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Ahmadou Sadio Diallo (Guinea v. Democratic Republic of the Congo)

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    Bloomberg Law

    Citation. I.C.J., 2007 I.C.J. ____.

    Brief Fact Summary. A state responsibility and diplomatic protection case on behalf of its national, Diallo, was filed against the Democratic Republic of Congo (D.R.C.) (D) by the Republic of Guinea (P), alleging that Diallo’s right were violated as well as his right as a shareholder (associe) of limited companies (SPRIs) incorporated in the D.R.C. (D). These allegations which Guinea (P) levied against D.R.C. (D) were however contended on the ground that Guinea (P) did not have standing to protect Diallo.


    Synopsis of Rule of Law. (1) Where a state alleges that internationally wrongful acts by a host state have been melted out on its national’s right as a shareholder, such a state has the legal standing to bring a diplomatic protection claim on behalf of its national who is a shareholder in a company organized under the laws of the host state.
    (2) In customary international law of diplomatic protection, there is no exception that permits “substitution” of a shareholder for a company in exceptional circumstances.


    Facts. A state responsibility and diplomatic protection case was filed by Guinea (P) on behalf of Diallo, its national, against the D.R.C. (D) for the violation of Diallo’s rights, including his rights as a shareholder (associe) of two limited companies (SPRLs), which was incorporated in the D.R.C. (D)-Africom-Zaire and Africontainers-Zarie. Diallo was a manager (gerant) of these companies. Based on the fact that D.R.C’s (D) violated Diallo’s right as a shareholder rather than just on the companies’ rights, Guinea (P) claimed that its diplomatic protection claim was viable. And also based on the companies’ right, Guinea (P) contended that it could bring on a “theory of substitution”. All these allegations were contended by D.R.C (D) on the ground that Guinea (P) lacked standing to bring claims against them.


    Issue. (1) Where a state alleges that internationally wrongful acts by a host state have been melted out on its national’s right as a shareholder, does such a state have the legal standing to bring a diplomatic protection claim on behalf of its national who is a shareholder in a company organized under the laws of the host state?
    (2) In customary international law of diplomatic protection, is there an exception that permits “substitution” of a shareholder for a company in exceptional circumstances?


    Held. (1) Yes. where a state alleges that internationally wrongful acts by a host state have been melted out on its national’s right as a shareholder, such a state has the legal standing to bring a diplomatic protection claim on behalf of its national who is a shareholder in a company organized under the laws of the host state. In the support of its allegation against D.R.C. (D), Guinea (P) referred to the judgment in the Court’s Barcelona Traction case, where the Court ruled that “an act directed against and infringing only the company’s rights does not involve responsibility towards the shareholders, even if their interest are affected” but added that “(t)he situation is different if the act complained of is aimed at the direct rights of the shareholder as such.” The most important factor the court have to determine is which of Diallo’s rights is associated to his status as a manager against his status as a manager, as the Court will define the precise nature of the rights at the merit stage. Hence, as to Diallo’s direct rights as a shareholder, the D.R.C’s (D) objections are rejected and dismissed.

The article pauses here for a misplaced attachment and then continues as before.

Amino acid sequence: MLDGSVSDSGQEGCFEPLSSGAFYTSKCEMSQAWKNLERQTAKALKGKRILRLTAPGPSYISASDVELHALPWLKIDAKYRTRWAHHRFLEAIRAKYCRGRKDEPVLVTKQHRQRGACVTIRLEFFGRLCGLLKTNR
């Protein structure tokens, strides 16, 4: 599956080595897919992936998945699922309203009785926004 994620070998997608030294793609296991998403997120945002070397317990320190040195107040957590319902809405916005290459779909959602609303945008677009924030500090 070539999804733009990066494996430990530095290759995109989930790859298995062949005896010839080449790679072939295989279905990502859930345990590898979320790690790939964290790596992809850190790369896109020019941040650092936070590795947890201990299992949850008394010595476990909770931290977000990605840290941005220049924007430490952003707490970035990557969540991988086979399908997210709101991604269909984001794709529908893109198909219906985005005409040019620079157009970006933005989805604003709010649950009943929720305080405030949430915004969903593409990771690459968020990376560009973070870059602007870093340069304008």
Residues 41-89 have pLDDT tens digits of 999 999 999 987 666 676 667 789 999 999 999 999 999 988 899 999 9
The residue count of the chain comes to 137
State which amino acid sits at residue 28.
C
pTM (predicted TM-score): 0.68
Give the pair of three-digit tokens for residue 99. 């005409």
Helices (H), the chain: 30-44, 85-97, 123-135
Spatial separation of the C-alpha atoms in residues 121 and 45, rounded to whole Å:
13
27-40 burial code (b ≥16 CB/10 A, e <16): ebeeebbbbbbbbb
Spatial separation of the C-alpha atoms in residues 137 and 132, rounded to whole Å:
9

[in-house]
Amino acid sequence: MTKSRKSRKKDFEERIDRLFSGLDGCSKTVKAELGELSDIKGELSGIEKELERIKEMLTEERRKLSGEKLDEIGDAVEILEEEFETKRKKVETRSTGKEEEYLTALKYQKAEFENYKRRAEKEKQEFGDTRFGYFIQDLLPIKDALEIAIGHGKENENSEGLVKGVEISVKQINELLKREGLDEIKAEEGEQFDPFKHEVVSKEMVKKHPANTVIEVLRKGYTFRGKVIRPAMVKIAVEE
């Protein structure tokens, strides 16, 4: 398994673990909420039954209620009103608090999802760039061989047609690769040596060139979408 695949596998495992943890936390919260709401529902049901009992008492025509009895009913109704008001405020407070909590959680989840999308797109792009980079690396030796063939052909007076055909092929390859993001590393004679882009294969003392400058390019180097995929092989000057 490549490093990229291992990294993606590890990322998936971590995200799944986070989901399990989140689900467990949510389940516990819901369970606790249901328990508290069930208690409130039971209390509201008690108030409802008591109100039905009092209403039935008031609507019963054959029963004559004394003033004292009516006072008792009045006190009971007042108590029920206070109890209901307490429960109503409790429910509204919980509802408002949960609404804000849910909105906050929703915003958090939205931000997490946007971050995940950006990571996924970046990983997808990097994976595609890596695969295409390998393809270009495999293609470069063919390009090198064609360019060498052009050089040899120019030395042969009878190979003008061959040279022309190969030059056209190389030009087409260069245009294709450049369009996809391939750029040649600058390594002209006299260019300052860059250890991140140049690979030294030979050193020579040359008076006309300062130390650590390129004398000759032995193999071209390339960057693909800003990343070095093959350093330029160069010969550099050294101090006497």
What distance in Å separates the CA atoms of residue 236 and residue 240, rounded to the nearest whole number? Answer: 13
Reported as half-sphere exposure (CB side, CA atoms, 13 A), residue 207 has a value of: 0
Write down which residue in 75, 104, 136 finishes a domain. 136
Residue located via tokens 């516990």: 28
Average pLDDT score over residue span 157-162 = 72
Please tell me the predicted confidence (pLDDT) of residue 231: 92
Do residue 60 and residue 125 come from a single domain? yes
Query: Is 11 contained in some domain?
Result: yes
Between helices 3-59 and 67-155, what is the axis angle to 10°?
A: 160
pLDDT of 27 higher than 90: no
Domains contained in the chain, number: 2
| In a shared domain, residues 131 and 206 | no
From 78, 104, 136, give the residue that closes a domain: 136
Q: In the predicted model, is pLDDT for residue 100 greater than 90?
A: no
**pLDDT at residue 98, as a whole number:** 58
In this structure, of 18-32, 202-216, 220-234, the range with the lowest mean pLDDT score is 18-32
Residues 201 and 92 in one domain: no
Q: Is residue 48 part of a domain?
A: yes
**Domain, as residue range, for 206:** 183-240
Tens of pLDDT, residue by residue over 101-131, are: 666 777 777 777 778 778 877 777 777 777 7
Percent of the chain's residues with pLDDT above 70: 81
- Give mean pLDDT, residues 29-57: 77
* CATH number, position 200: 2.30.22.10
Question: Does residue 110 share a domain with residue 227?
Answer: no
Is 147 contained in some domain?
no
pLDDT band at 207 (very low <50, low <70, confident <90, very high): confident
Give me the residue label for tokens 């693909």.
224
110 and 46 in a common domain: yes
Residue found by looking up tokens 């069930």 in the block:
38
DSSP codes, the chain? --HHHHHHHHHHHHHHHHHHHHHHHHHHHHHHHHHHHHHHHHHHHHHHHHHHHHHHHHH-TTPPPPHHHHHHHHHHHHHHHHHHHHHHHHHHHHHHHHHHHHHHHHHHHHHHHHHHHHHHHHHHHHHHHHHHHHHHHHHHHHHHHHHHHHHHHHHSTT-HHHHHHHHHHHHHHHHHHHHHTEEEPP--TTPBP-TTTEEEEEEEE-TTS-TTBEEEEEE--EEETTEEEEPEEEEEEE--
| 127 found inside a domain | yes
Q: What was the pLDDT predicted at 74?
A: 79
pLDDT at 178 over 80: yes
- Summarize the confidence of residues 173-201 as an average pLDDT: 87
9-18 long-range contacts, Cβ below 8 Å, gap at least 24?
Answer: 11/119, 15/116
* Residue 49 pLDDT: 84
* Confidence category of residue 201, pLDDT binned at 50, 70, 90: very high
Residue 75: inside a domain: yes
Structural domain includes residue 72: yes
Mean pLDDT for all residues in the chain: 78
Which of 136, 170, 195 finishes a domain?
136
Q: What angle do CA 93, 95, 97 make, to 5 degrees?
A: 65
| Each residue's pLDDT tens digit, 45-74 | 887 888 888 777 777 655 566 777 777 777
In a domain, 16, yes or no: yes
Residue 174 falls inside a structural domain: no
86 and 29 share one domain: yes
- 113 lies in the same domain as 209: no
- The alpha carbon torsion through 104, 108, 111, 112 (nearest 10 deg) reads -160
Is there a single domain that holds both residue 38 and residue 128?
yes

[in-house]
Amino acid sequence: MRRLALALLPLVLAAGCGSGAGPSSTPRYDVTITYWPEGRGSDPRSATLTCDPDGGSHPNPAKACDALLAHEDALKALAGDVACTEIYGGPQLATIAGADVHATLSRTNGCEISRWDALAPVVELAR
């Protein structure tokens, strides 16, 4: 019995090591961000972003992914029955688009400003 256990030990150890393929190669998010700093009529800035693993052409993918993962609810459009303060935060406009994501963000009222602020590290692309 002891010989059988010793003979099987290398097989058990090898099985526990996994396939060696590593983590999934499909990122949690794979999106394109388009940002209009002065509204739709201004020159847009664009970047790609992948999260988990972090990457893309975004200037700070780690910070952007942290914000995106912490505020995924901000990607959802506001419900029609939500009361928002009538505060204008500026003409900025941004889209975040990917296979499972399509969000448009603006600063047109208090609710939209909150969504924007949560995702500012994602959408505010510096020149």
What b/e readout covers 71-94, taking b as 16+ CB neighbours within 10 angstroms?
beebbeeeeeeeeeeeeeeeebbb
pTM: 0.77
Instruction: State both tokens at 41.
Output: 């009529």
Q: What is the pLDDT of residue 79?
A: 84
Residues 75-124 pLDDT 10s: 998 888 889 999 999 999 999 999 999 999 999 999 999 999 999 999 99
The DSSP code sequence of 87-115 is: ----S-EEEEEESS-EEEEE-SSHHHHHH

Discussion. The protection of the rights of shareholders and those of their companies in contemporary international law, including the settlement of associated disputes are primarily governed by bilateral or multilateral agreements for the protection of foreign investments. Hence, treaties for the promotion and protection of foreign investments and the Washington Convention of 18 March 1965 on the Settllement of Investment Disputes between States and Nationals of Other States which created an International Centre for Settlement of Investment Disputes (ICSID) are examples of such agreements meant to protect foreign investments, and also by contracts between states and foreign investors.



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